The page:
Content strategies and best-practices, as circulated through the marketing world, have changed many times over the past few years.

From “write as much as you can” to “long-form content is best,” there’s always been a wealth of opinions and plenty of research.

Perhaps the most overarching content practice of late is “natural content.”

What is natural content, you ask?

Let’s find out.

Explaining Natural Content

Natural content is best described as content that is simply authentic.

It serves a real purpose, it’s communicated in a natural, conversational tone, and it passes Google’s numerous algorithm yardsticks.

Among the many ways that “unnatural” content gets targeted by Google’s algorithm is through the determination of content “thinness” or low-quality information.

This change was rolled out in 2011, and the mechanism has become even more sophisticated at spotting low-quality content in the half-decade since.

In fact, in January of 2016, it was announced that spam-fighting Panda was now integrated as a core part of Google’s ranking algorithm.

This makes it even more important for your brand to produce content that offers real purpose to your audience.

What Does Natural Content Do?

In its shrewdest terms, “natural” content is written to inform a human person, not to satisfy the requirements of an antiquated search bot.

For example, a low-quality web page or blog meant to “provide information” on air conditioning services in Santa Monica might read like this:

Choosing a great air conditioning service in Santa Monica is an important part of ensuring that your air conditioning unit runs well. Your air conditioner is an important part of your home’s comfort, and you can extend the life of your Santa Monica air conditioning unit by choosing a great Santa Monica air conditioning company.”

As you can see, this content is written for the express purpose of ranking for a couple of obvious keywords.

It does not offer usable information for a human being who has a problem or question.

And Google’s algorithm knows this.

With the new anti-spam Panda baked into Google’s algorithm, sites who try to rank by publishing content like this are being (rightly) pushed out the door, in favor of companies who actually create helpful, informative posts and web pages– that actual humans can, and want, to read.

It’s Not Just About the Content

Don’t be fooled: natural content production is about more than writing a hearty, informative blog or building a great web page.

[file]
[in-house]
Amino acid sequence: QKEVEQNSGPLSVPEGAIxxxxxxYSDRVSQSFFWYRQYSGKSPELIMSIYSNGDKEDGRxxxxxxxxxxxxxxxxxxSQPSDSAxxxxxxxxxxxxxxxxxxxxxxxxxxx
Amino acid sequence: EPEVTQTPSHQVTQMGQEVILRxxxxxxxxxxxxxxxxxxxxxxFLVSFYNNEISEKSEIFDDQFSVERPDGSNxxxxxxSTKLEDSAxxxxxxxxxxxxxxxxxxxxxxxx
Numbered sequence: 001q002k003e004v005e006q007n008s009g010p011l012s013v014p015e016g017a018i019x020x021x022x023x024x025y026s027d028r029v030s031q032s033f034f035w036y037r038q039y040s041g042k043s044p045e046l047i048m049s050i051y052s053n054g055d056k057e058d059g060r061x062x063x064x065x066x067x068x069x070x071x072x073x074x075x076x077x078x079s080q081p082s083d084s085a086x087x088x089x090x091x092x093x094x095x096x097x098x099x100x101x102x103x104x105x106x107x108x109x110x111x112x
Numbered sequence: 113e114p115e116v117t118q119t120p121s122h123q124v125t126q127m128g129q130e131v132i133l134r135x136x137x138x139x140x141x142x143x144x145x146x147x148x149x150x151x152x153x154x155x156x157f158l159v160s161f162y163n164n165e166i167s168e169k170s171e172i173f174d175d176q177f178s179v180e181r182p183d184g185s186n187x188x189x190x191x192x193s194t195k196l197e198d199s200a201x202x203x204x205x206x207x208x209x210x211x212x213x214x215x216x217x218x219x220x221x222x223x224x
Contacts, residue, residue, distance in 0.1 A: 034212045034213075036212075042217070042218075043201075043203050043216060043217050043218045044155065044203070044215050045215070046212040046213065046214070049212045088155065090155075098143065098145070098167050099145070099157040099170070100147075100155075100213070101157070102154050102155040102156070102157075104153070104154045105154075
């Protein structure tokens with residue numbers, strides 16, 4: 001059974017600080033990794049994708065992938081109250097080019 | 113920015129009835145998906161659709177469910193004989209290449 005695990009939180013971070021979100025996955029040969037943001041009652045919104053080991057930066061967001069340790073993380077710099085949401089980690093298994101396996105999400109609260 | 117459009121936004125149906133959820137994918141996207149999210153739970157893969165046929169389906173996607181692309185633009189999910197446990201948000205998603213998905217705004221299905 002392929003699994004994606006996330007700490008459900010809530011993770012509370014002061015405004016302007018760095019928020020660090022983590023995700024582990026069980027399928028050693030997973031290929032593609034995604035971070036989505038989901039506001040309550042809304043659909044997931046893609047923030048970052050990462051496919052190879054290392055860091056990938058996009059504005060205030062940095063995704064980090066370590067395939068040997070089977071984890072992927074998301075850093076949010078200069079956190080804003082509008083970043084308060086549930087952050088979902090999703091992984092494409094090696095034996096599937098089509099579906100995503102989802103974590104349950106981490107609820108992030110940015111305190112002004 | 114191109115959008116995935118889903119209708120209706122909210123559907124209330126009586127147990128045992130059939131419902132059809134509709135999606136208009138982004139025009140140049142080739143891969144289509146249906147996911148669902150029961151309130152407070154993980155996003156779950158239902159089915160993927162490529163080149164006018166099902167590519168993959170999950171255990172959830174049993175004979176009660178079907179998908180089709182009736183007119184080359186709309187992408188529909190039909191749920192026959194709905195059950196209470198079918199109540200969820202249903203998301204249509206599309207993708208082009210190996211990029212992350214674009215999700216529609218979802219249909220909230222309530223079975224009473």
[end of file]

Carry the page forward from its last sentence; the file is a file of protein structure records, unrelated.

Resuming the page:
You have to make sure the pieces surrounding the page offer great user experience, too.

This means cleaning up your site to provide a cleaner, more intuitive experience for your users.

There are several things you’ll need to fix before you can expect your well-written, informative, natural content to earn you favors on Google’s results page:

  • Fix 404 pages. Install 301 redirects or update 404 pages. 404s negatively impact Google’s opinion of your site, and they.
  • Weed through spammy comments. If your blogs have tons of spammy comments on them, that dampens your user’s experience and lessens your content’s authority. Take time to read through and delete comments that are obvious spam.
  • Beware of irrelevant ads. The advertising dollars you accept should be from companies who, ostensibly, offer something relevant to the people are reading your content and searching your site. Ads that are completely outside your industry are specious, cumbersome, and won’t do you any favors with Google.
  • Fix poor design/bad user experience. If you have abrasive ads above the fold on your page, or pop-up ads that distract your viewer, get rid of them. Remove clutter on your page, and offer your users an easier, higher-quality reading experience.
  • Carefully monitor user-generated or outsider content. Don’t let just any content be published on your site. You have to be the gatekeeper of quality. Guest posts that link to low-quality sites or web pages will negatively impact your site, too.

For your content to be truly “natural” and useful, it has to be housed in a good package.

After all, if your audience has to wade through pop-ups, irrelevant ads, 404s and terrible design just to get to an informative, well-written blog, they might not even stick around to read it.

Natural content hinges on communicating in an authentic voice.

Remember: your potential customers are human beings.

They aren’t going to connect with or engage with content that isn’t written to help or inform them.

And they aren’t going to waste their time with content or a user experience that doesn’t meet their needs.

As Google continues to fine-tune its search engine standards, you have to fine tune your content style and the places where that content lives.

Your audience, and Google, will notice.

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